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TRALI essay

Page history last edited by James Davies 13 years, 10 months ago

Discuss the patho-physiology of transfusion related lung injury (TRALI). Describe how you would diagnose and manage this condition and discuss the strategies for preventing TRALI.



  • Donor derived leucocyte antibodies
  • HLA (class I and II) and HNA (human neutrophil antigen)
  • Multiparous female donors / male donors with previous exposure through transfusion
  • Binding of leucocyte antibodies in the donation leads to activation of leukocytes in the patient
  • The reason that the lungs are targeted is not certain – may be that this is the first capillary bed that transfused leukocytes pass through.
  • Not all transfusions containing HLA/HNA antibodies cause TRALI (two hit hypothesis)
  • Less commonly, antibody is in the patient and donor derived lymphocytes are activated
  • Antibodies react with patient leucocytes leading to complement mediated leucocyte activation
  • Release of proteolytic enzymes and toxic oxygen metabolites damages pulmonary capillary endothelium


Clinical features

  • Bilateral perihilar infiltrates and hypoxia within 6 hours of transfusion
  • No other readily identifiable cause
  • Definition of ALI PaO2/FiO2 (arterial PO2 / fraction of inspired oxygen) ratio <300mmHg / ARDS <200mmHg


Predisposing factors

  • Haematological malignancy
  • Elective surgery (cardiac)


Blood components

  • Plasma rich – Platelets / FFP / Whole blood / Cryoprecipitate
  • Red cells (less risk than plasma rich components)
  • IVIg (single case)



  • Prompt respiratory support
  • No evidence for steroids or diuretics
  • Mortality 5%


Investigation of cases

  • Clinical diagnosis – refer to hospital’s blood bank initially
  • Then referred to designated NBS consultant and SHOT
  • Collect clinical details
  • Identify donors to be investigated / temporarily suspended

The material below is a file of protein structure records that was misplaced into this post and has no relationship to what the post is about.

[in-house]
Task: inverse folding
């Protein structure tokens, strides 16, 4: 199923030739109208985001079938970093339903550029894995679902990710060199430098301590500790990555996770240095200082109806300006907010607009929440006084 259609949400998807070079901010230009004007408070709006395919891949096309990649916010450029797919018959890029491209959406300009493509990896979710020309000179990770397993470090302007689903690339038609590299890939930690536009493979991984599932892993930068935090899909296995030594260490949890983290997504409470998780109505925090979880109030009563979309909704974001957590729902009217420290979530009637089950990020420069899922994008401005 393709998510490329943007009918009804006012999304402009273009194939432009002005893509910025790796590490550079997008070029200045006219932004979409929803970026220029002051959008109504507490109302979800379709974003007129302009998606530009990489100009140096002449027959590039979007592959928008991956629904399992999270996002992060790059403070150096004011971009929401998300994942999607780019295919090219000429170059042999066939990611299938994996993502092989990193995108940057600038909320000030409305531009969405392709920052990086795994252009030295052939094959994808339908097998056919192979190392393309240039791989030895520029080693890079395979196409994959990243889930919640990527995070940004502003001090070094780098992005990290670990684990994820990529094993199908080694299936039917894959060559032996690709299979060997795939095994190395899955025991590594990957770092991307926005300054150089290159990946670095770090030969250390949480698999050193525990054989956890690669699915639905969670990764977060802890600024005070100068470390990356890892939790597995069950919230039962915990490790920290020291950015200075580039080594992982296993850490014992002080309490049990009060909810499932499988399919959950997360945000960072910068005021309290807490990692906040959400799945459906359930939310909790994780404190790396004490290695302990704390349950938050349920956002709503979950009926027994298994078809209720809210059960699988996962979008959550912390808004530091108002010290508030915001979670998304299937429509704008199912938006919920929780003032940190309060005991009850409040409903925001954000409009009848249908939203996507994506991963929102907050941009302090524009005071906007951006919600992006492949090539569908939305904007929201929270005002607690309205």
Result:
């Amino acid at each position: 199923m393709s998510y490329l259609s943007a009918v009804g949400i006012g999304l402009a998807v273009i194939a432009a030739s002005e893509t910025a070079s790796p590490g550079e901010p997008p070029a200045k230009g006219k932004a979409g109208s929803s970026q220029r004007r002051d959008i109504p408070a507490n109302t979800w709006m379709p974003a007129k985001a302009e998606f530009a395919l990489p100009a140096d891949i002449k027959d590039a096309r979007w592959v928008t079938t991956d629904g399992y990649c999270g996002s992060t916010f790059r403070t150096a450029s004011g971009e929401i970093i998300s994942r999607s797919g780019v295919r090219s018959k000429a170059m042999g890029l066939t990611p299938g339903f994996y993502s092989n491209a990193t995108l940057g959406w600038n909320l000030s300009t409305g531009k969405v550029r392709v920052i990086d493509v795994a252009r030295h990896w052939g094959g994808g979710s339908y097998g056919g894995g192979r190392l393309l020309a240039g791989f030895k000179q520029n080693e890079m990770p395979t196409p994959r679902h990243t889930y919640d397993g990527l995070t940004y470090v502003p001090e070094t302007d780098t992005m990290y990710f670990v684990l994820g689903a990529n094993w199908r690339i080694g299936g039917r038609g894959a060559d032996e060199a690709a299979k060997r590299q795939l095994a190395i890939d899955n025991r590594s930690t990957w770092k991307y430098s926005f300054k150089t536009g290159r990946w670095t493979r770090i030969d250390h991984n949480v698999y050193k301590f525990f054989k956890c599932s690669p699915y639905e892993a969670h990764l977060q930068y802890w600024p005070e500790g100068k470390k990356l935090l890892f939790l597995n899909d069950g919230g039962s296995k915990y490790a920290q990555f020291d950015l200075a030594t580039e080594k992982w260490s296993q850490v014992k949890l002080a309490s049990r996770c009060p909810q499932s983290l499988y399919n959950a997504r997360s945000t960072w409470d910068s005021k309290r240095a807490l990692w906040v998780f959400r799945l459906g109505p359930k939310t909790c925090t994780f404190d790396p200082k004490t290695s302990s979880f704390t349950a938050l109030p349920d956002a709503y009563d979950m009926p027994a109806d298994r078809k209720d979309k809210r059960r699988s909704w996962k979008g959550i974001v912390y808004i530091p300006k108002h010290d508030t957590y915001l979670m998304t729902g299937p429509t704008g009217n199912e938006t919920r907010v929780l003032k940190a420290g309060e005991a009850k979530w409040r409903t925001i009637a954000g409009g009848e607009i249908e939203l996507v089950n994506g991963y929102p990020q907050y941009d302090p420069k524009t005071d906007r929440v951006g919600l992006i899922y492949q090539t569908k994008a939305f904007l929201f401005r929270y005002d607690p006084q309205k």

• Units in the 6 hours prior to TRALI initially females with previous pregnancies (and males with previous transfusions)
  • Temporarily suspend from donating
  • Recall other components from the same donation
  • Samples from patient to national granulocyte immunology laboratory
  • HLA and HNA antibodies in donors and patient (costs £300 for each)
  • Screen archived samples for HLA / HNA antibodies
  • Fresh donor samples required to confirm results and determine HLA and HNA antigens
  • May need follow up samples from patient to determine whether a weak antibody represents an immune antibody or a transferred antibody  



  • Highly likely if donor has specific leukocyte allo-antibodies and the patient is positive for the antigen
  • Likely if donor serum has non-specific antibodies which are positive when cross-matched with the patient
  • Possible if patient has leukocyte antibody which corresponds to leukocyte antigen in the donors (less likely mechanism since leukodepletion) or donor has leukocyte antibodies but patient is negative or weak positive pan-reactive leucocyte antibodies
  • Unlikely if no leukocyte antibodies in either patient or donor
  • Antibodies not detected in about 10%



  • Implicated donors should not be used again
  • Exclude multiparous women as donors of whole blood / FFP / Platelet concentrates (apheresis)
  • Screen multiparous women for antibodies
  • Pool plasma which dilutes antibodies
  • Remove plasma from cellular blood components
  • Leucocyte depletion will prevent the small number 

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